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“ Thou wouldst, forsooth, be something in a state,
“ Business! the frivolous pretence
“ Business! the grave impertinence;
“ And see to what amount
“Thy foolish gains by quitting me :
“ Art got at last to shore.
Upon the naked beach, upon the barren sand! “ As a fair morning of the blessed spring,
“ After a tedious stormy night,
“But then, alas ! to thee alone
“With pearly dew was crown'd,
“ It did all other threats surpass,
" That he would give them ev'n a heaven of brass:
“ They look'd up to that heaven in vain, “ That bounteous heaven, which God did not
“ restrain “ Upon the most unjust to shine and rain. “ The Rachel, for which twice seven years and
“ Thou didst with faith and labour serve, “ And didst (if faith and labour can) deserve,
“ Though she contracted was to thee,
“ Given to another, who had store « Of fairer and of richer wives before, “And not a Leah left, thy recompence to be!
Go on : twice seven years more thy fortune try; « Twice seven years more God in his bounty may
“ Give thee, to fling away “ Into the court's deceitful lottery :
“But think how likely 't is that thou, u With the dull work of thy unwieldy plough, “ Shouldst in a hard and barren season thrive,
“ Should even able be to live ; “ Thou, to whose share so little bread did fall, “In the miraculous year when manna rain'd on all." Thus spake the Muse, and spake it with a smile, That seem'd at once to pity and revile. And to her thus, raising his thoughtful head,
The melancholy Cowley said
“ The hills which thou thyself hast made ?
“ And my abused soul didst bear “Into thy new-found worlds, I know not where,
“ Thy golden Indies in the air ;
My ravish'd freedom to regain ;
“There is a sort of stubborn weeds, " Which, if the earth but once, it ever, breeds;
“No wholesome herb can near them thrive,
“ No useful plant can keep alive : “The foolish sports I did on thee bestow, “ Make all my art and labour fruitless now; “ Where once such fairies dance, no grass doth
“ ever grow. “ When my new mind had no infusion known, “Thou gav'st so deep a tincture of thine own,
“ That ever since I vainly try
“ To wash away th' inherent dye : “ Long work perhaps may spoil thy colours quite, “ But never will reduce the native white:
“ To all the ports of honour and of gain
“Thou slacken'st all my nerves of industry,
By making them so oft to be
“ Must as entirely cast-off thee,
“ Do from the world retire.
Thus, with Sapphira and her husband's fate “ (A fault which I, like them, am taught too late), “ For all that I gave up I nothing gain, “And perish for the part which I retain. “ Teach me not then, O thou fallacious Muse!
“The court, and better king, t'accuse: “ The heaven under which I live is fair, " The fertile soil will a full harvest bear : « Thine, thine is all the barrenness; if thou “Mak'st me sit still and sing, when I should plough. “ When I but think how many a tedious year
“ Our patient sovereign did attend
“His long misfortunes' fatal end; “ How cheerfully, and how exempt from fear, " On the Great Sovereign's will he did depend;
“I ought to be accurst, if I refuse “ To wait on his, O thou fallacious Muse! “Kings have long hands, they say; and though I be “ So distant, they may reach at length to me.
.“ However, of all princes, thou “ Shouldst not reproach rewards for being small or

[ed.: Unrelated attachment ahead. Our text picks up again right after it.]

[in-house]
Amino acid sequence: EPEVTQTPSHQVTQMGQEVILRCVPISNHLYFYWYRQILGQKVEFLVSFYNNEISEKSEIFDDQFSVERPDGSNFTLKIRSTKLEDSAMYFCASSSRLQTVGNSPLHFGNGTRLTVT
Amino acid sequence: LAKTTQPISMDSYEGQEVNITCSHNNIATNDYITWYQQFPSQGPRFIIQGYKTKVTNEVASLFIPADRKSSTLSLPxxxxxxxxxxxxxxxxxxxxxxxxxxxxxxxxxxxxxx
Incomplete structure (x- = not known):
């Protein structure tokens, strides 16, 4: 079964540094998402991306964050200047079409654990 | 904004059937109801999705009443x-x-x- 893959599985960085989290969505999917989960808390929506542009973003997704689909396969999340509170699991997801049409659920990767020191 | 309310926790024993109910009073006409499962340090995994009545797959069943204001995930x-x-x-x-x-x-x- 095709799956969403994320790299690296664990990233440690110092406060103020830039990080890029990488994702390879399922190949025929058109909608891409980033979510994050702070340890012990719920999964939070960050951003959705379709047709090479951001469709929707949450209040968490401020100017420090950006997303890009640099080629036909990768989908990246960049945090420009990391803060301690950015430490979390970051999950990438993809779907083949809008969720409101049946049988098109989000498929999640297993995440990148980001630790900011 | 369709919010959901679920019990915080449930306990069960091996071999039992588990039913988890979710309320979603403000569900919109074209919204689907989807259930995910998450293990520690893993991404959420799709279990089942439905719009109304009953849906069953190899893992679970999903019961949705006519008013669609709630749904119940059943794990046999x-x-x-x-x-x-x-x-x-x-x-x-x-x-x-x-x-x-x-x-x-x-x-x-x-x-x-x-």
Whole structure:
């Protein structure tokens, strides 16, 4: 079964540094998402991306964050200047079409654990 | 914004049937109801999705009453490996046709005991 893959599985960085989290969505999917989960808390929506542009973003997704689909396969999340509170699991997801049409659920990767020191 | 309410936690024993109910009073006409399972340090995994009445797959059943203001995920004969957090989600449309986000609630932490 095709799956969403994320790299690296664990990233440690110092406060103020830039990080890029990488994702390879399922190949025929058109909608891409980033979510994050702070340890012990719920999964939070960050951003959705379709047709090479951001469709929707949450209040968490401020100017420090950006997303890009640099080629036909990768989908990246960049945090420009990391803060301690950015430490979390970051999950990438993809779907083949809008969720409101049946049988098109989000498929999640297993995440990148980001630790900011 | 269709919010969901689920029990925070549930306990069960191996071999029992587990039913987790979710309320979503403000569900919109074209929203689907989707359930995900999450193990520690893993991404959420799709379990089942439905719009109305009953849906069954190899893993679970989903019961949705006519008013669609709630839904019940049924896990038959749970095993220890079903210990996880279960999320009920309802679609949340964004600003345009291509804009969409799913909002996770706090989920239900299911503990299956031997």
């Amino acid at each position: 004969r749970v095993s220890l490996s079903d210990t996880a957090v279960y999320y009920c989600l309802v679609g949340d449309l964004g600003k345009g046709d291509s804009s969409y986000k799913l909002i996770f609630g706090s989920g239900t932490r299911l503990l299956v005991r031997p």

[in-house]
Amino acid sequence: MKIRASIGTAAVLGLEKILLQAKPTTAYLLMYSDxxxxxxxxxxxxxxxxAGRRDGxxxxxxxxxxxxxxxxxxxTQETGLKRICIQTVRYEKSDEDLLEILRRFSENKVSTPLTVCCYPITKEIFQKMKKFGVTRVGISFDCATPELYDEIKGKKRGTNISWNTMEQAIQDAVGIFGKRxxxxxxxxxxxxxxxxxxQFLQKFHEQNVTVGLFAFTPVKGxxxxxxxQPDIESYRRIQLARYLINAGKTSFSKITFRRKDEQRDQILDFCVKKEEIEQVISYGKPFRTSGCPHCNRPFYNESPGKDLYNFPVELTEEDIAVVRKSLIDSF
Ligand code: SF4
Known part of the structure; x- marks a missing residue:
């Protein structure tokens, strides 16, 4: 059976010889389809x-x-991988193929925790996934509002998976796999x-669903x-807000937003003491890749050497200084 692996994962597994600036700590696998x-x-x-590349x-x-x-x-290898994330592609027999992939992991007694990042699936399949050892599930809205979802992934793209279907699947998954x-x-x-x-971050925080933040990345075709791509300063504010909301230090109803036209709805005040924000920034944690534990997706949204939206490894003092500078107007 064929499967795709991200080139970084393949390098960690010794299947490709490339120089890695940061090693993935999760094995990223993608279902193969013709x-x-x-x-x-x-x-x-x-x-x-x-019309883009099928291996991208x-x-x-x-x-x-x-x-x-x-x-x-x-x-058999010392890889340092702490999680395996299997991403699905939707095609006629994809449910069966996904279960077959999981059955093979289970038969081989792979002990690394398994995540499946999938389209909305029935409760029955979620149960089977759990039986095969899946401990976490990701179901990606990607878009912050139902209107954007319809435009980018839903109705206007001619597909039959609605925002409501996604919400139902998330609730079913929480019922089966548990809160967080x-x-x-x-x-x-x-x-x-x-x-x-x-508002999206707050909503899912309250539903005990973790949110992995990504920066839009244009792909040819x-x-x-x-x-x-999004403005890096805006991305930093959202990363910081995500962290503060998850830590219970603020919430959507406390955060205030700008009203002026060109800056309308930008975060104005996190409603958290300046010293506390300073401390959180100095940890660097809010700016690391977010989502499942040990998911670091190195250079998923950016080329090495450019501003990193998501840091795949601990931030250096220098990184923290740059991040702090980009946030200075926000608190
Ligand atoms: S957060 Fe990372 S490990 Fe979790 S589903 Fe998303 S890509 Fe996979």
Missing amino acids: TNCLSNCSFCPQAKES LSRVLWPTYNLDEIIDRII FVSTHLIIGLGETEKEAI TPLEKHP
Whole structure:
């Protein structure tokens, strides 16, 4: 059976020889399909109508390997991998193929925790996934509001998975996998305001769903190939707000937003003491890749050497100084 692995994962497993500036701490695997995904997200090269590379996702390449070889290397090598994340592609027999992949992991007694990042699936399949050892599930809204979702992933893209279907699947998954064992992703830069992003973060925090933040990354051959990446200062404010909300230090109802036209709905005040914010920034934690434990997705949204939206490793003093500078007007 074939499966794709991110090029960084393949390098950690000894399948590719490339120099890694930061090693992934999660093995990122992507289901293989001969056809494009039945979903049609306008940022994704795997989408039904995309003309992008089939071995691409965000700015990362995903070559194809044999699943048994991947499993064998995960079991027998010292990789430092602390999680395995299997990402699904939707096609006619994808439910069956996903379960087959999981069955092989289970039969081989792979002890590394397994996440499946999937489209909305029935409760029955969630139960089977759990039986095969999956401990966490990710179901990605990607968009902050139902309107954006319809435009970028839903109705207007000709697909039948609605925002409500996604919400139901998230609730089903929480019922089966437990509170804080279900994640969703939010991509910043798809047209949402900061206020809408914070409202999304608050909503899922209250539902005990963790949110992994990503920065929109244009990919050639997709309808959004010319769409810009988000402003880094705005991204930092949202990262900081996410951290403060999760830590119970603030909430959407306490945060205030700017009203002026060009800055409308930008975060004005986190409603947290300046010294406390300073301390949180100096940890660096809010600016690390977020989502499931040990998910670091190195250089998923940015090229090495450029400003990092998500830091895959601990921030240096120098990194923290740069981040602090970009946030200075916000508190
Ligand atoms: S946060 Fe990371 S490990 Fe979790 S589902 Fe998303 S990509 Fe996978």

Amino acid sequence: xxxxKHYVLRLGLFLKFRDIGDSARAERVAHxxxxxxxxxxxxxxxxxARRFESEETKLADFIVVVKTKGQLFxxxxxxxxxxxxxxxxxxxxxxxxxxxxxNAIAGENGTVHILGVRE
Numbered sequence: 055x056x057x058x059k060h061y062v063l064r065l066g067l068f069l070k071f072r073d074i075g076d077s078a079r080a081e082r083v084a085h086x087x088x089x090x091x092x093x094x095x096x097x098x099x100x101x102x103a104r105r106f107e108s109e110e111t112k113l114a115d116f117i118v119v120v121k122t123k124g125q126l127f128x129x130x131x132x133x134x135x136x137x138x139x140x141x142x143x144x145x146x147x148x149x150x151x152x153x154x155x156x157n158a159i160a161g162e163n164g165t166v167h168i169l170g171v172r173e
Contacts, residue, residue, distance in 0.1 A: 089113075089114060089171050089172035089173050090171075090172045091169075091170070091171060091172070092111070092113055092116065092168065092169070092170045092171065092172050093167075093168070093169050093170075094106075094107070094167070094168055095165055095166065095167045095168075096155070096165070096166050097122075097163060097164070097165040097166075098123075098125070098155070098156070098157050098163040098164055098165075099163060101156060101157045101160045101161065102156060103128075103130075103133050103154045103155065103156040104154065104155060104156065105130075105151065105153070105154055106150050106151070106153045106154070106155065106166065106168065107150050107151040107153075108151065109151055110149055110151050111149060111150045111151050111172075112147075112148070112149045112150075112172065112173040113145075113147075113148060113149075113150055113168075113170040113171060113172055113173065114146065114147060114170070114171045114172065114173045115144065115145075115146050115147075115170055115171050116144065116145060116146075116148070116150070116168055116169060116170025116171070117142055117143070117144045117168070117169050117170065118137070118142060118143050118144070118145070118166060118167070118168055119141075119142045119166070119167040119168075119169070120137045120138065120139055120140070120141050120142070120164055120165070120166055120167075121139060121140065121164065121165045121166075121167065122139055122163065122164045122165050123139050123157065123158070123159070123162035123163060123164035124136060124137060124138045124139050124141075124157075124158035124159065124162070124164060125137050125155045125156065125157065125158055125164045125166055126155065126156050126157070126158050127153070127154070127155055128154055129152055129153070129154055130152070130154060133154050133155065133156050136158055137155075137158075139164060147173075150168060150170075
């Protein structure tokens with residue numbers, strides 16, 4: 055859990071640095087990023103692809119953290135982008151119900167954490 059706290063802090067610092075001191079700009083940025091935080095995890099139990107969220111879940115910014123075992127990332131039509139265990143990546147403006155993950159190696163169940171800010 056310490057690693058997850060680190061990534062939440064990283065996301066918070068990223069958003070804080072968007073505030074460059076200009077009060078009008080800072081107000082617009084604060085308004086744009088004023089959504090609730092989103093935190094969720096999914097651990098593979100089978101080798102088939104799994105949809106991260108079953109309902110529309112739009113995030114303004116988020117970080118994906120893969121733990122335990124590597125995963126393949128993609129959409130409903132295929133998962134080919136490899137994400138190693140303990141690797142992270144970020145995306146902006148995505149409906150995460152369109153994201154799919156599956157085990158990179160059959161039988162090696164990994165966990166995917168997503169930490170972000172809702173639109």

“ Thou ! who rewardest but with popular breath,
“ And that too after death."
HYMN TO LIGHT.
From the old negro's darksome womb!
Which, when it saw the lovely child, The melancholy mass put on kind looks and smil'd; Thou tide of glory, which no rest dost know,
But ever ebb and ever flow!
Thou golden shower of a true Jove! Who does in thee descend, and heaven to earth
Hail, active Nature's watchful life and health !
Her joy, her ornament, and wealth!
Hail to thy husband Heat, and thee! Thou the world's beauteous bride, the lusty bride
Say from what golden quivers of the sky
Do all thy winged arrows fly?
Swiftness and power by birth are thine : From thy great sire they came, thy sire the Word
'Tis, I believe, this archery to show,
That so much cost in colours thou,
And skill in painting, dost bestow, Upon thy ancient arms, the gaudy heavenly bow.
Swift as light thoughts their empty career run,
Thy race is finish'd when begun;
Let a post-angel start with thee, And thou the goal of earth shalt reach as soon as he, Thou in the moon's bright chariot, proud and gay,
Dost thy bright wood of stars survey ;
And all the year dost with thee bring Ofthousand flowery lights thine own nocturnalspring. Thou, Scythian-like, dost round thy lands above
The sun's gilt tents for ever move,
And still, as thou in pomp dost go, The shining pageants of the world attend thy show. Nor amidst all these triumphs dost thou scorn
The humble glow-worms to adorn,
And with those living spangles gild (O greatness without pride!) the bushes of the field. Night, and her ugly subjects, thou dost fright,
And Sleep, the lazy owl of night;
Asham'd, and fearful to appear, They skreen their horrid shapes with the black
hemisphere. With them there hastes, and wildly takes th' alarm,
Of painted dreams a busy swarm :
At the first opening of thine eye
Creep, conscious, to their secret rests :
Nature to thee does reverence pay, Ill omens and ill sights removes out of thy way. At thy appearance, Grief itself is said
To shake his wings, and rouse his head :
And cloudy Care has often took
Thy sun-shine melts away his cold.
Encourag'd at the sight of thee, To the cheek colour comes, and firmness to the knee.